At the end of January, Doer and I took our friend Wendy to the Albufera, a freshwater lagoon and estuary on the Gulf of Valencia. Before that, we spent a couple of days exploring some small cities in our region.
We began the weekend in Sueca, a town near the Albufera and only a short train ride from Valencia. Some online detective work brought us there, as I had tracked down a cafetería with five pinball machines – by far the most machines we have been able to locate in one place in Spain. Doer really had been missing this favorite hobby, so imagine how crestfallen we felt when we discovered people sweeping and closing the business upon our arrival. But then the owner was kind enough to remind us where we were – closing time? No pasa nada. This is Spain, after all. To our delight, they let Doer play for a while before they headed home for the afternoon break.
After lunching in Sueca, we hopped on the train again to visit the nearby town of Silla, which was hosting an agricultural fair. The local archeological museum remained open that evening.
After picking Wendy up from the airport on Sunday, we visited the Church of San Nicolás in Valencia, which is famous for its frescoes.
My favorite part of Wendy’s time with us in Valencia came that Monday, when we visited the Albufera, which is surrounded by rice paddies. In addition to fishing, rice probably is the most important industry in the area. Even the café in the Albufera village of El Palmar sold rice along with its coffee and homemade pastries.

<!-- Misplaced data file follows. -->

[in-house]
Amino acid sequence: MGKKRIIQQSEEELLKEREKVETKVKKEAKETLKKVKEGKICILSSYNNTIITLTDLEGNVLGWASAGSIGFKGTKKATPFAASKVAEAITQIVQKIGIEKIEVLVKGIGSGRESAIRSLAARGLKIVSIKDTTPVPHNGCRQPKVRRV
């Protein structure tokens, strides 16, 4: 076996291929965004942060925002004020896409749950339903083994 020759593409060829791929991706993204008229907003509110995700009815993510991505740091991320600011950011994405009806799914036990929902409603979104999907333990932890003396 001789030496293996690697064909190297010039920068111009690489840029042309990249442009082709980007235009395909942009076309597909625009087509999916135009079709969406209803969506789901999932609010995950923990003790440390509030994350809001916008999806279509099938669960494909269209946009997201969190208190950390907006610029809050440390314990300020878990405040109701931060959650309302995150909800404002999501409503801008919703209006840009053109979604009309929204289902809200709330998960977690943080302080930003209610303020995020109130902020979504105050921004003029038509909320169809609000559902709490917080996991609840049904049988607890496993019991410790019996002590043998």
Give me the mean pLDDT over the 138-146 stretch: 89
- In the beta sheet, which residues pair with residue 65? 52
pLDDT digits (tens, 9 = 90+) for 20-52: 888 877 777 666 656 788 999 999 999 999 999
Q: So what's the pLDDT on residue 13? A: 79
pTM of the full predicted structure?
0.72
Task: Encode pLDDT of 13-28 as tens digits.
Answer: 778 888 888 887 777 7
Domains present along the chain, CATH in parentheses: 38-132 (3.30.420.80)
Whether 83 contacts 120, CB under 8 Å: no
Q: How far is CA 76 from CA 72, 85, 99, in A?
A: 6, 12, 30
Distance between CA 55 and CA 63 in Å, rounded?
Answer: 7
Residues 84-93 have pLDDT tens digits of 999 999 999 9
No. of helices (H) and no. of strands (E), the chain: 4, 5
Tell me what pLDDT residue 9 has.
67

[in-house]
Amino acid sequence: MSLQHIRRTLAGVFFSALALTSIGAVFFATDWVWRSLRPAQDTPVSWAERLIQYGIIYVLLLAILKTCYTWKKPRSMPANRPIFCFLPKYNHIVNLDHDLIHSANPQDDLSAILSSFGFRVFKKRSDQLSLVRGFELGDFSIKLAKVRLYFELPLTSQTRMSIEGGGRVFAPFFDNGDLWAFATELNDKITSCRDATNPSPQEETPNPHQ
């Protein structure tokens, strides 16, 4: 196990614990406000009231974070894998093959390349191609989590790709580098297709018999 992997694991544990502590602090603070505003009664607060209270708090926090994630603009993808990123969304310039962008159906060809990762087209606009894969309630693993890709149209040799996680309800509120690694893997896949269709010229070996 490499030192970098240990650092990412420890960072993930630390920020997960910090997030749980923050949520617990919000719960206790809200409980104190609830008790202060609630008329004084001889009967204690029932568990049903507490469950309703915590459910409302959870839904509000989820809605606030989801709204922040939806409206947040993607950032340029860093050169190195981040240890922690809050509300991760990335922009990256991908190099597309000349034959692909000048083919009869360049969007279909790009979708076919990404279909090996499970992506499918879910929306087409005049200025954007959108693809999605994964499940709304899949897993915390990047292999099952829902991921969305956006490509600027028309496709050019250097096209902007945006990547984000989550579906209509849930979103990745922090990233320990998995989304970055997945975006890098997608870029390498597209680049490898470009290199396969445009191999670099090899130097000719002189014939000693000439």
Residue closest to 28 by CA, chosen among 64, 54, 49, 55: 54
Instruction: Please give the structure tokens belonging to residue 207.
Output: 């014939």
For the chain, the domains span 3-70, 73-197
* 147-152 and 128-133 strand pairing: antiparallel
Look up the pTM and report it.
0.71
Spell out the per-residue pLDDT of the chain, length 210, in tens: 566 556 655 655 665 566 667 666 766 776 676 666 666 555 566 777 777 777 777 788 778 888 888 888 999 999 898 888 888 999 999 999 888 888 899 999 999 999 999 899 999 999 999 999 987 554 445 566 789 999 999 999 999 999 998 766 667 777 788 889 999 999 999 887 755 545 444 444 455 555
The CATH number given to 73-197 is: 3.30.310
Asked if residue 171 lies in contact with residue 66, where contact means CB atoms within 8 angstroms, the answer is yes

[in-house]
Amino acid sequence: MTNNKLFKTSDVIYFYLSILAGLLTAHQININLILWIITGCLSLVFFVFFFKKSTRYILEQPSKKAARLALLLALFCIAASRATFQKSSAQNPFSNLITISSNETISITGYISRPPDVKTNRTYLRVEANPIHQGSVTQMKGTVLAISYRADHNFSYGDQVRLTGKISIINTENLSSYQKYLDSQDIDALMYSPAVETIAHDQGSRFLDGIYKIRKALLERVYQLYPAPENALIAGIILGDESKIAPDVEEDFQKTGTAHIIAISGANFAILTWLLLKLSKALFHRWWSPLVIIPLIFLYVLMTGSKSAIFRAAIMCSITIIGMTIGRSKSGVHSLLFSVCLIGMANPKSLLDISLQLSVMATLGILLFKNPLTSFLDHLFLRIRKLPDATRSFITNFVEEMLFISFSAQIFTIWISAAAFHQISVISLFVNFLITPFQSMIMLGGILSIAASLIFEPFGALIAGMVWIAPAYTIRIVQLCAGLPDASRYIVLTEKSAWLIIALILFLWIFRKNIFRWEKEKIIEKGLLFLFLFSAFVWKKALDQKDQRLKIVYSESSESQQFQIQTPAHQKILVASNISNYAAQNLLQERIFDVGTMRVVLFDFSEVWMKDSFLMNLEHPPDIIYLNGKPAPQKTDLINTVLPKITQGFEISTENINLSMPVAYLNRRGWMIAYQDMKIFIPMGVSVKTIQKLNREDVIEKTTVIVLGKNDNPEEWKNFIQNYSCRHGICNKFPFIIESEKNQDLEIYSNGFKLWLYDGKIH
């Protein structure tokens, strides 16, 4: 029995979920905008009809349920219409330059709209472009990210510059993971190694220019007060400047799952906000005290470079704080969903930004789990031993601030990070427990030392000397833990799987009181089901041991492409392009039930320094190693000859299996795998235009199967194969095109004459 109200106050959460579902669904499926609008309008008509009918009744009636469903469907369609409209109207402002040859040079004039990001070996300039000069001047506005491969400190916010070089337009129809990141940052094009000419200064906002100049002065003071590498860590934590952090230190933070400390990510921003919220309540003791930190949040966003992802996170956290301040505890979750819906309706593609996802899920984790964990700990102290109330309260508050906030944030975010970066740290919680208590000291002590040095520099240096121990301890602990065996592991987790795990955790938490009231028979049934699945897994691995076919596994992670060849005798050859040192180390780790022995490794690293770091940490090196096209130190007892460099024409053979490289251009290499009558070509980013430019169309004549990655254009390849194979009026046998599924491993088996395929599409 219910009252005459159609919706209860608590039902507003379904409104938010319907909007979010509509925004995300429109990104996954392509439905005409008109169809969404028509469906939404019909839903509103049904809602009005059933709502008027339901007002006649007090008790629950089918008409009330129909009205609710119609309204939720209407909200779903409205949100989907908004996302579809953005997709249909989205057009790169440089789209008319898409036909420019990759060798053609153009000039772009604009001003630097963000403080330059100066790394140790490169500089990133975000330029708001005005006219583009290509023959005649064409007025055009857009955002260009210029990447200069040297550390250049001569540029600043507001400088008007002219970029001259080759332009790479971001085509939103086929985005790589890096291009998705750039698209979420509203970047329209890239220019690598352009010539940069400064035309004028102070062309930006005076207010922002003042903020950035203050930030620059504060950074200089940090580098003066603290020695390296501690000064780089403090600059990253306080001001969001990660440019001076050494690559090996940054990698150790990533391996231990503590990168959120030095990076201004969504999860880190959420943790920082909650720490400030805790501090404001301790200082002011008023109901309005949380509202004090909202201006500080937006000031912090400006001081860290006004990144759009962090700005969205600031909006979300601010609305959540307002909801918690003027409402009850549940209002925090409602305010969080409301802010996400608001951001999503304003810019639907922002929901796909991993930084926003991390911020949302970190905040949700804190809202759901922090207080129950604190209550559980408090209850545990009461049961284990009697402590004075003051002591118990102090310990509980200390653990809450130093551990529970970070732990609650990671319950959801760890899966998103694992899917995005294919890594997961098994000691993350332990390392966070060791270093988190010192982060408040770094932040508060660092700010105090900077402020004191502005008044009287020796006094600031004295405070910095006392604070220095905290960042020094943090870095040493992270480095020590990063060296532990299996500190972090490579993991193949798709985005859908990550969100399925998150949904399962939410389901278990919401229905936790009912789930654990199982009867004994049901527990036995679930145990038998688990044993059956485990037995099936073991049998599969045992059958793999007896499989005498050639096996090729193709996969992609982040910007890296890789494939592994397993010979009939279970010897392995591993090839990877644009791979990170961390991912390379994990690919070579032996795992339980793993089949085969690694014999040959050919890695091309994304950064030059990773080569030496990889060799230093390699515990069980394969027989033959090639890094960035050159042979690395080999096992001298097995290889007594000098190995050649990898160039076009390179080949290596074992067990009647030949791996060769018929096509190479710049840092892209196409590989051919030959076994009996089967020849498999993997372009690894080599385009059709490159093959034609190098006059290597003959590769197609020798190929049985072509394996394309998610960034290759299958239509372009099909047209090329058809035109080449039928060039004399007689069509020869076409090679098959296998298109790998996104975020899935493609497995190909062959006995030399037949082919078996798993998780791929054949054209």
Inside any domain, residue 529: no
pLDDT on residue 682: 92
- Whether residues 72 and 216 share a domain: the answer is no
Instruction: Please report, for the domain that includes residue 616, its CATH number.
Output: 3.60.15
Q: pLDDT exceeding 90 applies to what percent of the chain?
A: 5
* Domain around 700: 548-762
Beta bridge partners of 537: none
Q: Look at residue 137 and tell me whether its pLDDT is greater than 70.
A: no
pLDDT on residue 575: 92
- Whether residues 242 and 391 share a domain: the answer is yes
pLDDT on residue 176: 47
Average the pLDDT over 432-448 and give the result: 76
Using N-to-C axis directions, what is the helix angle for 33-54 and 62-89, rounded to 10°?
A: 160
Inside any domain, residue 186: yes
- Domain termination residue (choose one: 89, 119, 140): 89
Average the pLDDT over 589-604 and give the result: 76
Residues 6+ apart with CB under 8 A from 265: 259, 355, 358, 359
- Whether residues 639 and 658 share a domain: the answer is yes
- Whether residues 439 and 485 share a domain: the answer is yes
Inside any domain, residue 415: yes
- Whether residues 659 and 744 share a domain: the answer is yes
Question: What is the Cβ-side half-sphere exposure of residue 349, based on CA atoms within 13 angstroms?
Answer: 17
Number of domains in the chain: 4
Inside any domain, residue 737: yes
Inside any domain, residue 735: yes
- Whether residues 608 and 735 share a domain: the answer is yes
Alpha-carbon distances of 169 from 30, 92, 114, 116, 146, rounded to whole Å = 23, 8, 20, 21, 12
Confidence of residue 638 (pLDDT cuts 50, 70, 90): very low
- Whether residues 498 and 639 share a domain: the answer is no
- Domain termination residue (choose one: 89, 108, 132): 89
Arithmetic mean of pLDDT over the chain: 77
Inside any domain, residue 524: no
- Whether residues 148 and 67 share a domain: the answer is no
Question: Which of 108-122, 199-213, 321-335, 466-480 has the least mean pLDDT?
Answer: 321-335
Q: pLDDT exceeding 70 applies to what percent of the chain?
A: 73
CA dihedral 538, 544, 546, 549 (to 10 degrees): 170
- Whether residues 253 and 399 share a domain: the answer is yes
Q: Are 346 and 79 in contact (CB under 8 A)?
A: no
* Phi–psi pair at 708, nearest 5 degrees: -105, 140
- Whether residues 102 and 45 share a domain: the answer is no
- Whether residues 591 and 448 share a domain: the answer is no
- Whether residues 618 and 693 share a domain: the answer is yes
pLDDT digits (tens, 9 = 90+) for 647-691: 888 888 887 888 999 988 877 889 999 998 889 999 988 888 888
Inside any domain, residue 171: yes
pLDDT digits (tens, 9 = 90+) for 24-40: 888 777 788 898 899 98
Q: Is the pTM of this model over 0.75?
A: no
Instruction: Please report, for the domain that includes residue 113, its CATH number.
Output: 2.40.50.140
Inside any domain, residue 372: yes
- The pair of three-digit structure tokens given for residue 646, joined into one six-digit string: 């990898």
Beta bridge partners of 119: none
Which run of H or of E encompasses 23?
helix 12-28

After breakfast, we took a boat ride through the lagoon.
Apparently El Palmar is connected to Valencia’s sewage system. I really like the sassy manhole covers (bats are a big deal in the Valencian Community).
After eating lunch near the beach in the nearby town of El Perelló, we made a short stop in Sollana, where we saw that even small towns can be full of charm and beauty.
Below is a recreation of the Jupiter of Sollana, a bronze statue found in a field near the town. It’s rare to find old representations of the Greco-Roman god in Spain, and the statue could date any time from the Romanization of the area to the end of the Christian Reconquest.
Now, this is just un-Valencian:
As we were very taken with the beauty of the Albufera and curious about a dish that we didn’t try with Wendy, Doer and I returned to the lagoon this weekend for lunch. Tiny El Palmar was absolutely crowded with cars – coming to the Albufera for the Sunday midday meal is a very popular pastime. Battling the traffic proved worthwhile, though, and we were not disappointed with the dish, all i pebre – eels, garlic, paprika, chili, olive oil, and potatoes.
After lunch, we capped off the day with another visit to the pinball bar in Sueca. Doer found one of the machines had been replaced with something new already!